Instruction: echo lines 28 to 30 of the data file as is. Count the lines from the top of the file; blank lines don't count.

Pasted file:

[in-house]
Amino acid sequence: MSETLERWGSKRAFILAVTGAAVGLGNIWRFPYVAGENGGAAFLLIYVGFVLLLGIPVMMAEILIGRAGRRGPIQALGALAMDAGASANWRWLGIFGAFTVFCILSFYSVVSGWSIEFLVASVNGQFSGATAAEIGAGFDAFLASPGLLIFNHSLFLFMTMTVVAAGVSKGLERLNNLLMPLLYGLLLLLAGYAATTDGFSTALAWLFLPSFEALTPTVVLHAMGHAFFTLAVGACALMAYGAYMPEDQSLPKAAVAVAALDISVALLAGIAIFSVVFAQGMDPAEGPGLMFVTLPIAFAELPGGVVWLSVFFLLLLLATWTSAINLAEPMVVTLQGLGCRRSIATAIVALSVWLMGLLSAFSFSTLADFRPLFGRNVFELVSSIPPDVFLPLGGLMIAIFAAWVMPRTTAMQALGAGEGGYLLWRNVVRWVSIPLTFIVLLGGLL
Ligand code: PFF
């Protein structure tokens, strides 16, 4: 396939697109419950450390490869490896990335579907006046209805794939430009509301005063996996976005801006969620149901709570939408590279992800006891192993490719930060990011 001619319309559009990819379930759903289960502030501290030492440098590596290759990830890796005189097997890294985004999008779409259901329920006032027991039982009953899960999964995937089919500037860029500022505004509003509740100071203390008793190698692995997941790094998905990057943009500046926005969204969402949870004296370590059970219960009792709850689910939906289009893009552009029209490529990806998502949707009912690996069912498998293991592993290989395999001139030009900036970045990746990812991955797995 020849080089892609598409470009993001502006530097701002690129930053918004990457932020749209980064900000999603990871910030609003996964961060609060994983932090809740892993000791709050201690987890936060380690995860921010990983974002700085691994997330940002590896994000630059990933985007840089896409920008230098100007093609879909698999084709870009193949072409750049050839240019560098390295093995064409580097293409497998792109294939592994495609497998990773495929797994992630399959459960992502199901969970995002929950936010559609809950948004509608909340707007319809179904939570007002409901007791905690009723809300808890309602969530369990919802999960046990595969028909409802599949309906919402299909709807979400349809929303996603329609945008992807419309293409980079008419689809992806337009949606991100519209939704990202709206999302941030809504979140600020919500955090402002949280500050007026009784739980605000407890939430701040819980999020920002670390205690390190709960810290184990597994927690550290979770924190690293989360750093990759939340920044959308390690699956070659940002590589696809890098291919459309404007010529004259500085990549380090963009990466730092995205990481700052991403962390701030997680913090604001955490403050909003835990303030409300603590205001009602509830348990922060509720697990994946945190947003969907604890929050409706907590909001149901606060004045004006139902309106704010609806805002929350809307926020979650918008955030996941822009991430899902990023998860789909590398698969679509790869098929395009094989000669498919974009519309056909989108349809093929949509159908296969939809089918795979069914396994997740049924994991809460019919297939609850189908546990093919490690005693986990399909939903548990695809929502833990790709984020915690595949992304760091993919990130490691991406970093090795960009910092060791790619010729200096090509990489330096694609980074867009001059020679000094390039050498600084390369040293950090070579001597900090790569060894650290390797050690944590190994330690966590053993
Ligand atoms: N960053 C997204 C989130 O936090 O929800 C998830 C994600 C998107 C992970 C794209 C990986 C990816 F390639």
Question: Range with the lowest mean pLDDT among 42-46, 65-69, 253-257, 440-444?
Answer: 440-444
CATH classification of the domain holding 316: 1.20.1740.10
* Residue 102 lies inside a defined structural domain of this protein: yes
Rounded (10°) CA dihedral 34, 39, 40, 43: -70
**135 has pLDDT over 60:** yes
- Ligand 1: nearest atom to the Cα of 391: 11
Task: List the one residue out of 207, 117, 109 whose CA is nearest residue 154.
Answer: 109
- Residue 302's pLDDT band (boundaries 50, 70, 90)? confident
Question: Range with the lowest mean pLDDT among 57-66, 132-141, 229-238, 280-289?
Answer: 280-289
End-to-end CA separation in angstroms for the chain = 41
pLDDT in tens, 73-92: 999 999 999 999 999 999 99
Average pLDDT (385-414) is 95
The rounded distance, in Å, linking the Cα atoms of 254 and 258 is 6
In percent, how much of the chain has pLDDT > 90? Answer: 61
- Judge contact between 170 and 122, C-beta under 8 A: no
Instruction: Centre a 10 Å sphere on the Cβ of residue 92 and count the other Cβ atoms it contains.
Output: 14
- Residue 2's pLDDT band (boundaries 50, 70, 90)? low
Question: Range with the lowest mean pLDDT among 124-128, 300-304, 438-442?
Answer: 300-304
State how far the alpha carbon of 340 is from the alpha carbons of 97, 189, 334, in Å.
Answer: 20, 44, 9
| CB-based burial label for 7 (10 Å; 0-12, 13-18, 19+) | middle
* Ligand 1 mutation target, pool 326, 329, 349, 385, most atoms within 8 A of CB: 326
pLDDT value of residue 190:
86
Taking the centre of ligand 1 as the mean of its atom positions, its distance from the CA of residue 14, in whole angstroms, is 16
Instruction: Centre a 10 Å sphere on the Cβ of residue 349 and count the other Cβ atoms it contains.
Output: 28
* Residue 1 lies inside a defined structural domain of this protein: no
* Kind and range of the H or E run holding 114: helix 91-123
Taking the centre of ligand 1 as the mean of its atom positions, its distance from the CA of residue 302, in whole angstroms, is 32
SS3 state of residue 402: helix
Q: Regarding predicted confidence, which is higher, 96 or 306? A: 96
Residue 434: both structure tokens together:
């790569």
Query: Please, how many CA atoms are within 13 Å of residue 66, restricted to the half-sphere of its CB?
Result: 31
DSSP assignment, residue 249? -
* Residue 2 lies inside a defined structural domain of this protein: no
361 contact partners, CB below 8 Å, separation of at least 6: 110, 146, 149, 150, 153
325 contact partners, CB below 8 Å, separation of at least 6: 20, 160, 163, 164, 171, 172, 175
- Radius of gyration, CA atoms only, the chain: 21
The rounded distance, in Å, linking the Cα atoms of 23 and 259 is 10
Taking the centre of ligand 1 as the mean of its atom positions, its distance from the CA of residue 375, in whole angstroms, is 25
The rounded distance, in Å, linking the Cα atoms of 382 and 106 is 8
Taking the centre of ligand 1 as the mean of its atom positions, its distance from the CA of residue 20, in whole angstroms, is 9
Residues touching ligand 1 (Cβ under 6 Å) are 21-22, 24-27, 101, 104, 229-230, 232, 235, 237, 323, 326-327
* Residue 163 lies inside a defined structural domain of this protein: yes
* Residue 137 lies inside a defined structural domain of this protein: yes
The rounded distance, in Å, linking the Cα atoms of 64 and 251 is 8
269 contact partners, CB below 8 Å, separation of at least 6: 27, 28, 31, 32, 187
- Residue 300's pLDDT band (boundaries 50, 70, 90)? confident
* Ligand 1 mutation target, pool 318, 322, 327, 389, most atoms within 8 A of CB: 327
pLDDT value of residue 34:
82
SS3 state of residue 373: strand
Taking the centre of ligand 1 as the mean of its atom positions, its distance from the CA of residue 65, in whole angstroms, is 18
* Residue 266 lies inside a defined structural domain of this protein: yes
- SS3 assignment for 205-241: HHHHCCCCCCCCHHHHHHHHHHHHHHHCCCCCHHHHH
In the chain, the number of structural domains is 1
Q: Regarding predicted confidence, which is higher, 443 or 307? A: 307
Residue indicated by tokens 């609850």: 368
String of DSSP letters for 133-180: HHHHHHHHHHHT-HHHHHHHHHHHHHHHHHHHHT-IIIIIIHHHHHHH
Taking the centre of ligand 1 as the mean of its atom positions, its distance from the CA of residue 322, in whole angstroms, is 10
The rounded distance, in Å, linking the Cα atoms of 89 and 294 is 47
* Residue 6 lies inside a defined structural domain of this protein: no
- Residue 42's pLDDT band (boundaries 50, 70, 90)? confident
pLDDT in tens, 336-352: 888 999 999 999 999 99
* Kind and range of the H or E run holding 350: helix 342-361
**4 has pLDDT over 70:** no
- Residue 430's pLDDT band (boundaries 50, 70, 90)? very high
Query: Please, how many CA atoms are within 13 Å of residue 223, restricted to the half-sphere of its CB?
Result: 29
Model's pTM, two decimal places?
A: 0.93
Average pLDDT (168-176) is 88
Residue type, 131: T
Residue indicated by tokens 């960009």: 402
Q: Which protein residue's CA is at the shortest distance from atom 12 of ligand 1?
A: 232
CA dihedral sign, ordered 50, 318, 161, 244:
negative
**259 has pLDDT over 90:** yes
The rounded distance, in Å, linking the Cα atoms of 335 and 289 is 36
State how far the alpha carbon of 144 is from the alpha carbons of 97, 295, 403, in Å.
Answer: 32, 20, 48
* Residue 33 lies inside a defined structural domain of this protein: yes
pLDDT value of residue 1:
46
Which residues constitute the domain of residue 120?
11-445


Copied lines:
Answer: 300-304
State how far the alpha carbon of 340 is from the alpha carbons of 97, 189, 334, in Å.
Answer: 20, 44, 9